If you're like most people, you're posting pictures, sharing videos and tweeting updates more today than ever before. All those posts, updates and shares are generating millions for social media companies, but does that mean you should buy shares?
But, is one of these three better than the others?
Consumer adoption of Internet social media has soared over the past few years, spreading far beyond teenagers to include parents and grandparents. Since 2010, the spread of social media has swelled membership for Internet companies including Linkedin, Facebook and Yelp.
But, which of these three has seen the biggest jump in users?
Linkedin's user growth has climbed the most with monthly unique users up 142% since 2010. For comparison, Yelp and Facebook's active monthly active users have grown 74% and 119%, respectively.
User growth is fueling sales growth.
Without user growth, it's hard to imagine Linkedin selling more premium subscriptions or Facebook selling more ads. In short, user growth provides insight into future revenue growth. As users have increased at all three companies, revenue has also climbed.
Linkedin's faster membership growth generated the best revenue growth of the three. Since 2010, sales jumped 300% to $972 million in 2012. Facebook sales are 158% higher and Yelp's are 191% higher. Arguably, there's little to dislike in any of those numbers, especially considering percentage revenue growth has outpaced percentage monthly user growth at each company.
Who is doing best at turning sales into profits?
Given user and revenue growth, it's not shocking to learn Linkedin has the best track record of converting sales into profit.
In 2012, Linkedin net income hit $21.6 million, up 41% from 2010. Meanwhile, Facebook saw net income drop to $53 million and Yelp actually lost considerably more money in 2012 than 2010 -- despite user and revenue growth.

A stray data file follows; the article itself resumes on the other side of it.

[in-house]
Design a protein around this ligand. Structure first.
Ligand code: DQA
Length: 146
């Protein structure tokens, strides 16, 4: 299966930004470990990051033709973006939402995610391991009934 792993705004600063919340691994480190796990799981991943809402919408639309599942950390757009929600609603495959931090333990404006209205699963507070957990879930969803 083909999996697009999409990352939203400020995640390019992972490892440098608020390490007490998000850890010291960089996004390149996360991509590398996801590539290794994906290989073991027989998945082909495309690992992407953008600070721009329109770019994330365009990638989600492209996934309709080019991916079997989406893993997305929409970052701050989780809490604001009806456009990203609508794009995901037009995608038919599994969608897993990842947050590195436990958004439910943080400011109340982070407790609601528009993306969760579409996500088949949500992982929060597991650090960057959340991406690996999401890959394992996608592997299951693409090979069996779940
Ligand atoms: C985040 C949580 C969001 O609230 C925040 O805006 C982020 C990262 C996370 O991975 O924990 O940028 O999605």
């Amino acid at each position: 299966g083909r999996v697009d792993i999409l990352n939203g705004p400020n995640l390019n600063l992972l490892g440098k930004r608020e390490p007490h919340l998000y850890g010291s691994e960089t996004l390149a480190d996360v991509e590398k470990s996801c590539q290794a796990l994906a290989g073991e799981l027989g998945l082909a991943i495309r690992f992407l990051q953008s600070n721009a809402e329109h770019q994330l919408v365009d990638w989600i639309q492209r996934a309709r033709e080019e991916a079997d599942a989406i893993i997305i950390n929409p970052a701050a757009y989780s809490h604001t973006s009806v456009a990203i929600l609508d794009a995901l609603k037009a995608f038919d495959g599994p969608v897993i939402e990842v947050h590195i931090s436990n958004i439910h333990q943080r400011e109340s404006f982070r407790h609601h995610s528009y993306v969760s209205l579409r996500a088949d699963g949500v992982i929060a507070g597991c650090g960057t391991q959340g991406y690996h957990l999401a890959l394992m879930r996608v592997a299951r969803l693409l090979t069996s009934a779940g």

Of course, you may want to give Facebook and Yelp a free pass given income was impacted by IPOs last year. A similar drop in earnings can be seen in Linkedin's numbers when it went public in 2011.
That said, Linkedin's 22% net income drop in 2011 was far better than the 95% drop at Facebook in 2012. So, while you may want to give them a bit of a break, you shouldn't necessarily give Facebook a free pass solely because of its IPO.
Looking at profits another way, earnings per share ("EPS") have grown rapidly at Linkedin relative to Facebook and Yelp, and you'll notice Linkedin still saw earnings per share growth in its IPO year, while Facebook didn't.
Can these companies still grow?
Cash fuels future revenue for high growth companies, including technology stocks. As a result, it's helpful to look at how cash is growing or shrinking, because it shows how much fire power companies have to acquire new technology, build new facilities and hire talent.
Since 2010, the biggest cash growth has come at Facebook, which saw its cash hoard jump 439% to $9.6 billion. Yelp's cash climbed 252% and Linkedin's has increased 190%. Based on cash, all three companies appear to have plenty of flexibility to invest for the future thanks to their IPOs.
Given Linkedin's cash dipped in the year following its IPO in 2011, it's not a stretch to assume Facebook and Yelp will spend more this year too. So, keep an eye on their cash balances throughout this year.
Linkedin comes out on top.
Linkedin has generated better user and revenue growth, and has been able to translate that into annual earnings growth in each of the past three years, something neither Facebook nor Yelp has accomplished.
Arguably, Facebook may trade higher as earnings, which are expected to bounce back to $0.57 this year, will be compared to anemic IPO year results.
And, Yelp is clearly the most speculative, given user and revenue growth haven't produced earnings yet. Yelp investors will have to wait until 2014 for that happen, according to Wall Street analysts.
Going forward, you should keep a close eye on quarterly earnings reports, especially 10-Q regulatory filings. Those filings allow you to update changes in average monthly activity, revenues and profits and those changes may alert you if Facebook and Yelp start to execute more strongly relative to Linkedin.
But, for now Linkedin appears to offer the best track record of these three, and that may make it a better investment. If so, you may want to keep a close eye on shares this summer and take advantage of any summertime slowdown to add it to your portfolio.
Disclosure: I have no positions in any stocks mentioned, but may initiate a long position in LNKD over the next 72 hours. I wrote this article myself, and it expresses my own opinions. I am not receiving compensation for it (other than from Seeking Alpha). I have no business relationship with any company whose stock is mentioned in this article.